My experience is the same. Used to pirate music, then spotify was good enough not to bother anymore. Used to pirate movies and TV, now I only do it occasionally for titles I want to watch, but aren't being streamed on any service I'm subscribed to.

I'm still pissed at Disney for canceling Gina Carano, so I might pirate the next season of the mandalorian if I still care by then.

I stopped music and tv piracy once netflix and spotify took off. Spotify is still a good service but we now have netflix, disney plus, and amazon prime to contend with and still can't find some of the content we want due to the stupid turf wars going on. The situation is becoming what turned me on to piracy in the first instance - Sky TV in NZ had a monopoly on distribution for some content which meant it was otherwise unavailable, and they made it impossible to get the bits you wanted without paying for all the crap. Except now instead of having to pay one provider a large monthly fee, it's 3 or 4 of them.

When it became easy and affordable to actually consume content when we wanted to. Speaking for myself, obviously, but when it became easier to subscribe to one or two services and actually have all the stuff I wanted whenever I wanted it rather than invest my time and money in custom storage and streaming solutions and (not to mention finding what I want to download), then it was suddenly not worth it. Now, if I have to spend an equal amount of time figuring out which of the now dozens of streaming platforms a single movie might be on, only to find out that studio A is currently arguing with vendor B, all while I’m paying for each service, then yeah piracy suddenly sounds appealing again.

Except not really because I’m far too lazy to put in that effort again.

its just not worth my time to torrent anymore. It makes more sense for me to pay $10 then spend 5 minutes torrenting something.

Ultimately, the result of this fragmentation in streaming will only be that more people turn to piracy. Yet again the media industry shooting themselves in the foot. The solution is a spotify for films and tv, not an ever-expanding myriad of niche streaming services.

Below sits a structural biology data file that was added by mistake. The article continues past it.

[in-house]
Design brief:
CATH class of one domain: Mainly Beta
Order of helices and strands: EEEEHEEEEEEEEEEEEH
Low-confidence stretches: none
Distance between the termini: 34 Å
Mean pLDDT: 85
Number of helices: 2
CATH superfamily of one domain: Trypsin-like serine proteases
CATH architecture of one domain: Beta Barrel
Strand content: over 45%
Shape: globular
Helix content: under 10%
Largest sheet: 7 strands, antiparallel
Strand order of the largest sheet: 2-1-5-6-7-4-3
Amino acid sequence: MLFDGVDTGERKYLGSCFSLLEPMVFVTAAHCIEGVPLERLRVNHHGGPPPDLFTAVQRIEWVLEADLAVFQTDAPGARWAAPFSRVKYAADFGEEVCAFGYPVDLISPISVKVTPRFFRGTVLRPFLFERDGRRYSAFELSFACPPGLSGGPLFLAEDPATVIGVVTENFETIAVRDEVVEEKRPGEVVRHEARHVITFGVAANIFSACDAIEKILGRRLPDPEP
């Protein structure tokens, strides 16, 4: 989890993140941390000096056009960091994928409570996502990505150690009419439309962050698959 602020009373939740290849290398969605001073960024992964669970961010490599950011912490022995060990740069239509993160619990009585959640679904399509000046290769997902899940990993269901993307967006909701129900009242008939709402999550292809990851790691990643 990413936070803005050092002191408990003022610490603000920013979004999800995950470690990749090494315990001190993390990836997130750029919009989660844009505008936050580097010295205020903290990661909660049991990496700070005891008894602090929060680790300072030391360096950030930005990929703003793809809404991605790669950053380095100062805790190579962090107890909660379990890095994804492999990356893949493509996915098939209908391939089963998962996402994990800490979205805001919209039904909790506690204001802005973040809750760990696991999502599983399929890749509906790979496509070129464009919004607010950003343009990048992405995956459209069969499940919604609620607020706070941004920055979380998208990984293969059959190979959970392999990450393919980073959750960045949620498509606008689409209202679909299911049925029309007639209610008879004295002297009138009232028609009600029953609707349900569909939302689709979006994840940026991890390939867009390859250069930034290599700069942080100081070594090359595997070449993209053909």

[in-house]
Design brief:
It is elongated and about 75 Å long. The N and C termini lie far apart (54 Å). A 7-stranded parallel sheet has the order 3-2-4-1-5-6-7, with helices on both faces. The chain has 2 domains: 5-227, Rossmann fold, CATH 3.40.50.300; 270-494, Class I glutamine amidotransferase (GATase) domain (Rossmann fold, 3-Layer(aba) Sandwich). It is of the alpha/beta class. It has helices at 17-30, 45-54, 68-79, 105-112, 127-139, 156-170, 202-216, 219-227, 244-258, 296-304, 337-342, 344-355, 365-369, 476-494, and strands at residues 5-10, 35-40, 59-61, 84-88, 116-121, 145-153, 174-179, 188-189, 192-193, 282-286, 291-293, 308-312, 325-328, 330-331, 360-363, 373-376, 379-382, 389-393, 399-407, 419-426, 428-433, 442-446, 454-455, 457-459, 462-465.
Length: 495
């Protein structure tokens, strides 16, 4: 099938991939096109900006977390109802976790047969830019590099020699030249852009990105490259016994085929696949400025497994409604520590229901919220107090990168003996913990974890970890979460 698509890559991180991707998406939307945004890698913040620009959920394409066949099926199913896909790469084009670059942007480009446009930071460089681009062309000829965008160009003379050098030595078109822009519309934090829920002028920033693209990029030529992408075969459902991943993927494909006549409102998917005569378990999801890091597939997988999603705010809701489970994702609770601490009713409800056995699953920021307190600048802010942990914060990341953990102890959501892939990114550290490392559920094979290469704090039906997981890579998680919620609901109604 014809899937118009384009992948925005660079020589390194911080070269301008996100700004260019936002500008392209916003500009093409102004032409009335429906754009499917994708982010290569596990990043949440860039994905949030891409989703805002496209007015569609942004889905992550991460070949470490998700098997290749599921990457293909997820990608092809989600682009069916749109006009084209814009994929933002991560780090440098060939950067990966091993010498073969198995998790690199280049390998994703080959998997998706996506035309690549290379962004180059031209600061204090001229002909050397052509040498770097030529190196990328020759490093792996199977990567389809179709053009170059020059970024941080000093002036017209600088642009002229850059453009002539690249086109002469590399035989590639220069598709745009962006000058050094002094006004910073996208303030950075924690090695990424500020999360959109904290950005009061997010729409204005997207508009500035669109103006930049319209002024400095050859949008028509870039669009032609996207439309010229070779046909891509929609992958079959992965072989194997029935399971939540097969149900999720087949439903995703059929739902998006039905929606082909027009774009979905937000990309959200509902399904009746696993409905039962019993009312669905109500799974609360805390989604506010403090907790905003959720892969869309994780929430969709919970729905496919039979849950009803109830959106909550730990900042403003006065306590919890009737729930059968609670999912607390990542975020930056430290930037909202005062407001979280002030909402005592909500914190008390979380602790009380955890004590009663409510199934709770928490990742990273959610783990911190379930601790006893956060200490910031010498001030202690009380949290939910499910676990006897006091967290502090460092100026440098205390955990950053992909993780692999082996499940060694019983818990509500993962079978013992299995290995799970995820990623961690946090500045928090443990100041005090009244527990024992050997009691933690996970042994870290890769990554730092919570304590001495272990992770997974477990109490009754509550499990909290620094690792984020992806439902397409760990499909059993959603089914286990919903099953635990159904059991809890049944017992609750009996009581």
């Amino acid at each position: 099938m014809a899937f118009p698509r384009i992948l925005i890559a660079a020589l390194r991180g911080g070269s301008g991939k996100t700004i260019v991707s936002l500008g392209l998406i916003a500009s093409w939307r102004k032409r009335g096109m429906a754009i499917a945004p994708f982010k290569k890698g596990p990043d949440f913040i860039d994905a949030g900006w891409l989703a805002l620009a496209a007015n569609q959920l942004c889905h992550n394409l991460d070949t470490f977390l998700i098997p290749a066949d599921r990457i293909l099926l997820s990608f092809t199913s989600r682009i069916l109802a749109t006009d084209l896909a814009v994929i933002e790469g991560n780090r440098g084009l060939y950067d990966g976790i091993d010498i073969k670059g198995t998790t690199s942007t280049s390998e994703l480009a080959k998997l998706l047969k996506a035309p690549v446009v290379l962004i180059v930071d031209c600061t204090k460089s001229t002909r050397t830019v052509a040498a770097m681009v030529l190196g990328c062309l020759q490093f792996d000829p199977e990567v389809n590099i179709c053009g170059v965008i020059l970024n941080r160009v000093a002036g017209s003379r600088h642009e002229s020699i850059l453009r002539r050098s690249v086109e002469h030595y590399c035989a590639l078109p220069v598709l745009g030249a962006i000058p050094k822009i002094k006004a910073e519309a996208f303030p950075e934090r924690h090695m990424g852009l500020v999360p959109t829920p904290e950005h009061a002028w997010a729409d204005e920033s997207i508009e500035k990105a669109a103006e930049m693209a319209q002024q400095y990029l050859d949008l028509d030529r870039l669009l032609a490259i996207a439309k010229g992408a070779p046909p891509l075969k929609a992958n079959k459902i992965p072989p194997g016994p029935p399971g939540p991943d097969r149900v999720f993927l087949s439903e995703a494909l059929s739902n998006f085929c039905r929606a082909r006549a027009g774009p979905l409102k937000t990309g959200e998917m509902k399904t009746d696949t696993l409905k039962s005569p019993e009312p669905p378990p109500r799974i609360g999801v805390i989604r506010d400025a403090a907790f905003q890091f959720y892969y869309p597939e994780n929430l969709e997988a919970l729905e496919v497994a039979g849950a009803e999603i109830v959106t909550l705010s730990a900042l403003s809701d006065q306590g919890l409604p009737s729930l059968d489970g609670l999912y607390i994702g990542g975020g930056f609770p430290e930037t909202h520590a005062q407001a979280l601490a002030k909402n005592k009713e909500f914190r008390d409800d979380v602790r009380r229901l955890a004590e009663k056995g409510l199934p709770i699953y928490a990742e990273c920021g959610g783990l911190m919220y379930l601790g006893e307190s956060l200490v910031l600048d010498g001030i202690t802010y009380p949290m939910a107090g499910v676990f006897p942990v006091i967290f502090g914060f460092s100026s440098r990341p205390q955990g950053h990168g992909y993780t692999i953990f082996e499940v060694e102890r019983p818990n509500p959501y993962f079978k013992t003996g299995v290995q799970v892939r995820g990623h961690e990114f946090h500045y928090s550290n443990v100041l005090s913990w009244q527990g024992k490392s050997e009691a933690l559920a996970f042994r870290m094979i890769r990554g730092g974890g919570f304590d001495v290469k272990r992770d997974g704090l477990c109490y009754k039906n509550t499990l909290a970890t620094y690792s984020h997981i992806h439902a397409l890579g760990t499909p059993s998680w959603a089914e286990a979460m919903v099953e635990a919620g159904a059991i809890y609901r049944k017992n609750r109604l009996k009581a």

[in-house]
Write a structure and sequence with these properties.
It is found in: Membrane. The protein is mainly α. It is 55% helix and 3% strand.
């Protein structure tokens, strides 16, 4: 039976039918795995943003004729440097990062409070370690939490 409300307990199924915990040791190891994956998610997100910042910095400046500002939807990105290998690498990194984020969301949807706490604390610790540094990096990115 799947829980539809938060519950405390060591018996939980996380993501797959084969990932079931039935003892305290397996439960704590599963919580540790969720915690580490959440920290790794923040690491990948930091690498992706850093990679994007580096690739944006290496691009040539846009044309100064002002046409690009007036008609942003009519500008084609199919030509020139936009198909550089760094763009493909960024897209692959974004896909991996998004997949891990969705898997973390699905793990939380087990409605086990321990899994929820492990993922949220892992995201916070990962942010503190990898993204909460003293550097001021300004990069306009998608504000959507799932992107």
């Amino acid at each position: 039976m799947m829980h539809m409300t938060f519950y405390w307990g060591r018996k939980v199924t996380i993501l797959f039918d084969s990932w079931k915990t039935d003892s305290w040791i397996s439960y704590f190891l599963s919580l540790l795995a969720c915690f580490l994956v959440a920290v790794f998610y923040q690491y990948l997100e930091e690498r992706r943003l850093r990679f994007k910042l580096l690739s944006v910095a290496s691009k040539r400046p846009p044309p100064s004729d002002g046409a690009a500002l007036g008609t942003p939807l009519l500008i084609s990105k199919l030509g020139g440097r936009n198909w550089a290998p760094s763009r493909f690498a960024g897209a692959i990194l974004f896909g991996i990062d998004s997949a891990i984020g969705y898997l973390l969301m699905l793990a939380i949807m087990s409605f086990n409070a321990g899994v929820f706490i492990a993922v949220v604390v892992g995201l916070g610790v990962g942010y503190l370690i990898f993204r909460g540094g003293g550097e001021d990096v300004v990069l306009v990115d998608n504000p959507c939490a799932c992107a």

This is similar to what happened with studio-owned movie theaters. The right solution is to outlaw exclusive distribution deals and production-company ownership of streaming platforms (yes, that means Netflix would have to split up).

Depends on how much this Video Spotify would pay them, versus how much they can charge for their own offering. If you can get $10 * N subscribers, that's a better deal than $1 * 5N subscribers. They're only shooting themselves in the foot if the amount they're losing to piracy (which I think is vastly overestimated by HN readers, most people wouldn't know how to pirate a movie if their lives depended on it) is greater than the amount they're gaining by charging more.

(The reason Spotify is able to work is because in several large media markets, like the US, there is an existing regulatory regime and contract situation built for AM/FM radio, which allowed Spotify to get large catalogs at predefined rates. Spotify works because ASCAP and BMI existed.

I think you'd be suprised by how user-friendly piracy has become. Often, it's just as simple as appending "watch free online" and finding some shady video player site. If you have a VPN, or just don't care about being DMCA'd, there are plenty of user-friendly video torrenting apps out there - PopCorn time, for example. People don't always know it's piracy, but make it hard enough for the common individual to find the content they want legally, and enough people will persist until finding what they want illegaly.